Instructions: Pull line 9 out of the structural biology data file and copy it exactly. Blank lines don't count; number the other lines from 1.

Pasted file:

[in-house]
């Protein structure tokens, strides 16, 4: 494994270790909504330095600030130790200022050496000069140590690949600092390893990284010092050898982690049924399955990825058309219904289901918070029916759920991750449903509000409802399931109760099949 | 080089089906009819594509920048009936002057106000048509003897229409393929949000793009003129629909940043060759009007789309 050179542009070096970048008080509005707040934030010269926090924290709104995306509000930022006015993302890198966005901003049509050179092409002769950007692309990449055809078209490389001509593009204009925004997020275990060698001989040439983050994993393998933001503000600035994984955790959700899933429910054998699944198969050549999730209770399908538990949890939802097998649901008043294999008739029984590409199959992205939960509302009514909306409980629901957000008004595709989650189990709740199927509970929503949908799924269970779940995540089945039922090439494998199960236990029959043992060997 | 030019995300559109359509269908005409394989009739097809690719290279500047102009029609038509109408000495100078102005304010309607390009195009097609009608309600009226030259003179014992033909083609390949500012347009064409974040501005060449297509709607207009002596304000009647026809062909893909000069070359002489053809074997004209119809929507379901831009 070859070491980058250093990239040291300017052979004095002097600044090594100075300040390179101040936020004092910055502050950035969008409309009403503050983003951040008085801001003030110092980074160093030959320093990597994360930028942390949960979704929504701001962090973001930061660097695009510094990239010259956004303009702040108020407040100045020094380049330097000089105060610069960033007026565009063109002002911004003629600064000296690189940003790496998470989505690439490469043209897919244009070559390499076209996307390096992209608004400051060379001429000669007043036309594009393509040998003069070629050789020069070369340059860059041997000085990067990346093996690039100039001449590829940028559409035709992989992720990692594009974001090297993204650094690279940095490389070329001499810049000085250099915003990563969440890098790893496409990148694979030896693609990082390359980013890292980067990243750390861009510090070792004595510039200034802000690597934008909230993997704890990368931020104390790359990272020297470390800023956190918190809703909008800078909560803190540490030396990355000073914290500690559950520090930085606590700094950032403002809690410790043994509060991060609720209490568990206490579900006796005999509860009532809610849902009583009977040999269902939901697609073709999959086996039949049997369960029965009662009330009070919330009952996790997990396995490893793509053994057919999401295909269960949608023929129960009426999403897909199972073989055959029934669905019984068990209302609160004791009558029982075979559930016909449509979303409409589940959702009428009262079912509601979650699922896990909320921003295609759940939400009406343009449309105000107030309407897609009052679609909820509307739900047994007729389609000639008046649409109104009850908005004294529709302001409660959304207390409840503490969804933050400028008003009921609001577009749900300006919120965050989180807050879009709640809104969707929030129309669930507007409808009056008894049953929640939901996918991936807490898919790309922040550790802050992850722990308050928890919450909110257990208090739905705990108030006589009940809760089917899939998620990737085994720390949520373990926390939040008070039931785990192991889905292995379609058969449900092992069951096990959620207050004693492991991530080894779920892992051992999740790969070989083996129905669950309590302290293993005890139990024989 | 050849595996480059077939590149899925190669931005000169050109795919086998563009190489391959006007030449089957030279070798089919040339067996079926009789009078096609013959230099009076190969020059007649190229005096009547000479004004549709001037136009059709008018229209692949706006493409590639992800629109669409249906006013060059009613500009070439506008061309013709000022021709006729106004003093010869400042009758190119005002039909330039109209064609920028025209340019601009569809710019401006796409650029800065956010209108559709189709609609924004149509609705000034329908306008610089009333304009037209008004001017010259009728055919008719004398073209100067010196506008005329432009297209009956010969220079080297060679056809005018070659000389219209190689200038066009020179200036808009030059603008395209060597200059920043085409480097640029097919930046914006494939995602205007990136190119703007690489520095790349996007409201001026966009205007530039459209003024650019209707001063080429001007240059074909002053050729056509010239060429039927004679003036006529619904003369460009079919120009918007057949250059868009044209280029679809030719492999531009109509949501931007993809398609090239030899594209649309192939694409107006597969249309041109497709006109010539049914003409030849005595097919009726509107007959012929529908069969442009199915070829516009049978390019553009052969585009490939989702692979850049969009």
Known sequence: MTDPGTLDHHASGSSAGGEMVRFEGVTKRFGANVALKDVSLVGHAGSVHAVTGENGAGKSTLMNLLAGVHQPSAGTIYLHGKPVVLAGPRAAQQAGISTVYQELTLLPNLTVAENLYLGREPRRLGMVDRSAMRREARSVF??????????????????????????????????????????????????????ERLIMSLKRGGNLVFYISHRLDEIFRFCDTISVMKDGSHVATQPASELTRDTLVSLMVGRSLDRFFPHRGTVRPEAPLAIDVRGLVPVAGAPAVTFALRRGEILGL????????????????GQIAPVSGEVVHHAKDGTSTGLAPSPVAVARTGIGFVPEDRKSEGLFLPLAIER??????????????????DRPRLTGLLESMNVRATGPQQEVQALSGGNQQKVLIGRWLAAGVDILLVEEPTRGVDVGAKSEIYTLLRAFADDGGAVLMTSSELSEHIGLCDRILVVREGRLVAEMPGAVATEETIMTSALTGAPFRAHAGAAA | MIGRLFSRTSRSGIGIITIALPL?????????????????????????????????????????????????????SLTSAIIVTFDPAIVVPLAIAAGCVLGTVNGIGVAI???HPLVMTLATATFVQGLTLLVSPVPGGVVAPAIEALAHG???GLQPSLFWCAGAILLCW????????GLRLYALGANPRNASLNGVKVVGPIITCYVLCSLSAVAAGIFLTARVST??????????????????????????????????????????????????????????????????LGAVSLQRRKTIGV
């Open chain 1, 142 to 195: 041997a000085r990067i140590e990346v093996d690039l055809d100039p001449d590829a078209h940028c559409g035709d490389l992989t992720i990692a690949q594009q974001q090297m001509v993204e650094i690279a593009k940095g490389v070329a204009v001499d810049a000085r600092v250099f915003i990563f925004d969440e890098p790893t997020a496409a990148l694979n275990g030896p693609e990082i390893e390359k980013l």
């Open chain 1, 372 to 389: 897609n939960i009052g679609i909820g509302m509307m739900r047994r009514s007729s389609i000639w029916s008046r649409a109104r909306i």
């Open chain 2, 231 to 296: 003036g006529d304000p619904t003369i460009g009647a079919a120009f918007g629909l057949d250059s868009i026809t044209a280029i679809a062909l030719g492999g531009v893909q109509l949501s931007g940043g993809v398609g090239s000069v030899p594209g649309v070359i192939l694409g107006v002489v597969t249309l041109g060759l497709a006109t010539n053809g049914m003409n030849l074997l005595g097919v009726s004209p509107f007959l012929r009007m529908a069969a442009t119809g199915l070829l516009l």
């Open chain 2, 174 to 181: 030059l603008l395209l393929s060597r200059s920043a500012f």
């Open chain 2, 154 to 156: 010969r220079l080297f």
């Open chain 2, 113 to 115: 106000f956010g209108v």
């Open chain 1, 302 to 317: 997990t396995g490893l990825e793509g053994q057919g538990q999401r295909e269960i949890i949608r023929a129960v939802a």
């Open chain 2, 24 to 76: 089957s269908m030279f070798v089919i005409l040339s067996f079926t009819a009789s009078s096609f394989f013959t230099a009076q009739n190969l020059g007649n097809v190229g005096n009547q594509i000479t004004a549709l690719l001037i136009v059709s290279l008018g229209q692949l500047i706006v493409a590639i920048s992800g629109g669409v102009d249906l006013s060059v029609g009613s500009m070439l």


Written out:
């Open chain 2, 113 to 115: 106000f956010g209108v």